"Truckin'" was considered a "catchy shuffle" by the band members. Garcia himself commented that "the early stuff we wrote that we tried to set to music was stiff because it wasn't really meant to be sung ... the result of [lyricist Robert Hunter getting into our touring world], the better he could write ... and the better we could create music around it.

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The Grateful Dead Movie, released in 1977 and directed by Jerry Garcia, is a film that captures performances from the Grateful Dead's October 1974 five-night stand at the Winterland Ballroom in San Francisco. This end-of-tour run marked the beginning of an extended hiatus for the band, with no shows planned for 1975. The movie also faithfully portrays the burgeoning Deadhead scene. The film features the "Wall of Sound" concert sound system that the Dead used for all of 1974.

"There is nothing like a Grateful Dead concert" was a saying popular among Deadheads, as the loyal fans of the band are known. During their performances, the Dead valued musical improvisation, jamming extensively, and they changed their set lists nightly. As a result, their music was best appreciated at live concerts. But beyond that, Dead shows generally had a positive, happy atmosphere, as the band and the audience interacted with each other to create a special environment of musical celebration. Capturing this phenomenon on film is the admittedly paradoxical goal of The Grateful Dead Movie.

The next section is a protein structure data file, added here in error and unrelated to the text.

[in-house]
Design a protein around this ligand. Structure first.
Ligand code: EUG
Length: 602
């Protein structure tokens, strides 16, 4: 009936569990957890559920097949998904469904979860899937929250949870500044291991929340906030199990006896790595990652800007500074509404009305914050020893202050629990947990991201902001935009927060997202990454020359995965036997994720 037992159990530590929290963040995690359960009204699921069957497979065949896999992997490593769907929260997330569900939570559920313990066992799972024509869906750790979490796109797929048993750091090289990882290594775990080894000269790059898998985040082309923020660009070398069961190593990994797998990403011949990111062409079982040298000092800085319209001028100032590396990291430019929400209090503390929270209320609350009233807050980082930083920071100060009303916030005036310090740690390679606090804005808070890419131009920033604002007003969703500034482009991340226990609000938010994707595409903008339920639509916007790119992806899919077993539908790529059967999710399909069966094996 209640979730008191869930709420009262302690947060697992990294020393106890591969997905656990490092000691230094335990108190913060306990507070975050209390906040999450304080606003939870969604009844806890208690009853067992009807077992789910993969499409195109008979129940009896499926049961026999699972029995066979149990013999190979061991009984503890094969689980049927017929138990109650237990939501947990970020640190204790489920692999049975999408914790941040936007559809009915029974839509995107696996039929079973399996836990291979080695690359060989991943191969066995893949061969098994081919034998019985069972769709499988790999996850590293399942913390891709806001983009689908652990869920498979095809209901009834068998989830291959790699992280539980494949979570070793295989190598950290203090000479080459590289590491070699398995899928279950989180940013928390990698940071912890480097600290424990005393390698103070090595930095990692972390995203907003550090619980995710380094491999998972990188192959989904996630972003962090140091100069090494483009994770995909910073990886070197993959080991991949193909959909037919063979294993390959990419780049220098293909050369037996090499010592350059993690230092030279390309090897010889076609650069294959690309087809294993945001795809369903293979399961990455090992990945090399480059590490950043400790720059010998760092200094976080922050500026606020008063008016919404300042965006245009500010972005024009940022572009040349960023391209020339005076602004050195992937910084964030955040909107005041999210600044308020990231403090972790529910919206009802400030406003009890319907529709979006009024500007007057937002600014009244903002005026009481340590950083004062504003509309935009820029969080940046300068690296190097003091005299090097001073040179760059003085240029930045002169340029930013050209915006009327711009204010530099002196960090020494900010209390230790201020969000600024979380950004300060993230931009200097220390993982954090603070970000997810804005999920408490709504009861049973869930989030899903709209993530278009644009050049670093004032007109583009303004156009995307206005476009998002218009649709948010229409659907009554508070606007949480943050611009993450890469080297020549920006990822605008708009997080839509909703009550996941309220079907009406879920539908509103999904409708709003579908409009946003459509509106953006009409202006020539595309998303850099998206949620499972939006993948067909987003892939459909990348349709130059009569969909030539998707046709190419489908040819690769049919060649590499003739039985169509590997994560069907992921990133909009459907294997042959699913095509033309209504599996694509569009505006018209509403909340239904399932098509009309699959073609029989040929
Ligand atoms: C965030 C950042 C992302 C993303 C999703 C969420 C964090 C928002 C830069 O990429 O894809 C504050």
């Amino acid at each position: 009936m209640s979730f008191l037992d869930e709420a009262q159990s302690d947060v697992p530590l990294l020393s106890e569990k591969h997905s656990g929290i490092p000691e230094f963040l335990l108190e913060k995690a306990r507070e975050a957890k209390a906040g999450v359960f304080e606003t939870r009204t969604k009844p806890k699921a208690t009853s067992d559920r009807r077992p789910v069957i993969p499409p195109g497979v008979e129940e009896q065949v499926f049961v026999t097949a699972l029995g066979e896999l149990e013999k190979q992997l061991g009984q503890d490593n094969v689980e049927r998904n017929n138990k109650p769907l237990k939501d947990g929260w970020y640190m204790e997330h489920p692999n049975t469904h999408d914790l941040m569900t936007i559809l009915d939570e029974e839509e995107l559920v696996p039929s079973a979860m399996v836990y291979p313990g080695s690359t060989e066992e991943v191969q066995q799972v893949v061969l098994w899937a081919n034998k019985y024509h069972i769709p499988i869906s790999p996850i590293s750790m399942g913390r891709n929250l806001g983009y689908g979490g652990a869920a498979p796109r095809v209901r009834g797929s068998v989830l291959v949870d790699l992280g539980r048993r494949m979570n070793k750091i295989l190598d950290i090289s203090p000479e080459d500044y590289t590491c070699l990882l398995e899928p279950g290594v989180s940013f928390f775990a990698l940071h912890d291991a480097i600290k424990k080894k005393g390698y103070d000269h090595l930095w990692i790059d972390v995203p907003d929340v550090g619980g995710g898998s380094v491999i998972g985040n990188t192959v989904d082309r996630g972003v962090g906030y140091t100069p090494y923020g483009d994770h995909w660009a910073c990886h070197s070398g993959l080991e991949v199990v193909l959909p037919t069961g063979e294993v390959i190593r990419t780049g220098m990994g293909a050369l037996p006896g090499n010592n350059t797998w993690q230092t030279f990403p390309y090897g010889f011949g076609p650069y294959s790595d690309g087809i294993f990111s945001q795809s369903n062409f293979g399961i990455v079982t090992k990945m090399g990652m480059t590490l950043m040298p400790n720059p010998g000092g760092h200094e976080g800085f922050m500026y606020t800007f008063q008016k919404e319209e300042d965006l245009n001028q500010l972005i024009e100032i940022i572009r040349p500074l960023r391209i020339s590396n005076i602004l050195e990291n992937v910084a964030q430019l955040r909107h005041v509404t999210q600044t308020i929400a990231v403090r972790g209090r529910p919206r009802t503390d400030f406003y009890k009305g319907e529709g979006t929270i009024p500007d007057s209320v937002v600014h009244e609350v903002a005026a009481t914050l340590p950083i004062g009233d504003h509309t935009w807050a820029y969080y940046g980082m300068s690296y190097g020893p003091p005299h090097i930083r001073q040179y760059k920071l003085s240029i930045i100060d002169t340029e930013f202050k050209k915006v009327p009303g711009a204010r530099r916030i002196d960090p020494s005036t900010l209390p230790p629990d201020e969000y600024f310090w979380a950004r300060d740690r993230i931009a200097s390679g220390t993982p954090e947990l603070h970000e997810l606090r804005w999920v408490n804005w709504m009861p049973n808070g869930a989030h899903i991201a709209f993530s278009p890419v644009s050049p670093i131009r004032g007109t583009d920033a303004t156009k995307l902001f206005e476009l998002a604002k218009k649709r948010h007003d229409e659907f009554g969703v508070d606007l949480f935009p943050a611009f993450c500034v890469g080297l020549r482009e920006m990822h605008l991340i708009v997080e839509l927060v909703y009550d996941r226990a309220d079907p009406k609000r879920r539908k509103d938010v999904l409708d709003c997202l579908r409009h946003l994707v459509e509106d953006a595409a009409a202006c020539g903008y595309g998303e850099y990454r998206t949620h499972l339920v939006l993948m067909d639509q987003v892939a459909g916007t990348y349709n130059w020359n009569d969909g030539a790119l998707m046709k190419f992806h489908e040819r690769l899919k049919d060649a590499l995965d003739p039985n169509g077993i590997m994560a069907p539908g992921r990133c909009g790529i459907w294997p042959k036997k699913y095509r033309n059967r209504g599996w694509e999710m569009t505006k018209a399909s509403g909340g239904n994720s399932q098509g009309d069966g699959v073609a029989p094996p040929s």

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Mickey Hart at the Web 2.0 Conference in 2005
Mickey Hart (born Michael Steven Hartman; September 11, 1943) is an American percussionist and musicologist. He is best known as one of the two drummers of the rock band the Grateful Dead. Before joining the Grateful Dead, Mickey Hart and his father, Leonard Hart, a champion rudimental drummer, owned and operated Hart Music, selling drums and musical instruments in San Carlos, California.

Hart joined the Grateful Dead in September 1967, and left in February 1971. During his sabbatical, in 1972, he recorded the album Rolling Thunder. He returned to the Dead in 1974, and remained with the group until their official dissolution in 1995. Collaboration with the remaining members of the Grateful Dead continues, under the band name The Dead. Alongside his work with the Grateful Dead, Mickey Hart has flourished as a solo artist, percussionist, and the author of several books. In these endeavors he has pursued a lifelong interest in ethnomusicology and in world music.

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Behind the stage at Fare Thee Well: Celebrating 50 Years of the Grateful Dead at Levi's Stadium, Santa Clara, California on June 27, 2015

Behind the stage at Fare Thee Well: Celebrating 50 Years of the Grateful Dead at Levi's Stadium, Santa Clara, California on June 27, 2015